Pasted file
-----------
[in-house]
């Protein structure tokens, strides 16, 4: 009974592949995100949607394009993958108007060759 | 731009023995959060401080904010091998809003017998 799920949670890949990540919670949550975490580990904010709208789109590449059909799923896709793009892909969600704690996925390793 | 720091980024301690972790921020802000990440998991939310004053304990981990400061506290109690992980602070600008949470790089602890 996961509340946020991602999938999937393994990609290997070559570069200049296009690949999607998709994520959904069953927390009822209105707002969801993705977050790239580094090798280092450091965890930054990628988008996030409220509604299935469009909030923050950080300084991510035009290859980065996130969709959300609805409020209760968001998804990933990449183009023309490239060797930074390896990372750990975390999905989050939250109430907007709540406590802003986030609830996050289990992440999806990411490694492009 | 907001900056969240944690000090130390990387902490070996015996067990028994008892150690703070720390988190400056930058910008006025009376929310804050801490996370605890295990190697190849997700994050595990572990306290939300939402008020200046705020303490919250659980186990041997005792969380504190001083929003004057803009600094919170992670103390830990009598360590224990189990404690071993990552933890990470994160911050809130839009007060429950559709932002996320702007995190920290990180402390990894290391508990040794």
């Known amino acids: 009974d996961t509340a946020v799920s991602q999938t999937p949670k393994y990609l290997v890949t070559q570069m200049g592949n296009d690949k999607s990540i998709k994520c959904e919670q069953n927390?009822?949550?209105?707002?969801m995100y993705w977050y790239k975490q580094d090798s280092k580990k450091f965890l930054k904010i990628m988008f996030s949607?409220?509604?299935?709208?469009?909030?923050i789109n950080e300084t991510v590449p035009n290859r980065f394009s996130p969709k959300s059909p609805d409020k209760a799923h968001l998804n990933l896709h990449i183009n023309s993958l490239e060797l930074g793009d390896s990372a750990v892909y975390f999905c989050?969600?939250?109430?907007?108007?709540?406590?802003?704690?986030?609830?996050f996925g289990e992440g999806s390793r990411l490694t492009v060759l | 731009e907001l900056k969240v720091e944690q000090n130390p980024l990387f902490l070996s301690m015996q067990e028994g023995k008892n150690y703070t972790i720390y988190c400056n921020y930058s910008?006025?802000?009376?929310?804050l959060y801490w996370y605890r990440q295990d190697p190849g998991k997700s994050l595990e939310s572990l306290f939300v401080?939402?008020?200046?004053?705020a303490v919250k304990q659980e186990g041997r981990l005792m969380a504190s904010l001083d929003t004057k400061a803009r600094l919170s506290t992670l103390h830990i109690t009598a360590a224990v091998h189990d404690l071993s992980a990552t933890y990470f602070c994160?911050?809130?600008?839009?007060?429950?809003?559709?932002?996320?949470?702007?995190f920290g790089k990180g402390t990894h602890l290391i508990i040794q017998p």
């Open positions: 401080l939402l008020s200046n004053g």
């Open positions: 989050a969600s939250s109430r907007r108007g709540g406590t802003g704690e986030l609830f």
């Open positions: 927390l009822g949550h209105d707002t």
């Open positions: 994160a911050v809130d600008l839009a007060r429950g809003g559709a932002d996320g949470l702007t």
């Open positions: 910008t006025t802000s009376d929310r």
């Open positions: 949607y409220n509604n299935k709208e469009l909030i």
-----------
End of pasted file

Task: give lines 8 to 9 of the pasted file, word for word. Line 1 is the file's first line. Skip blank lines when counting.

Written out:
């Open positions: 910008t006025t802000s009376d929310r």
């Open positions: 949607y409220n509604n299935k709208e469009l909030i």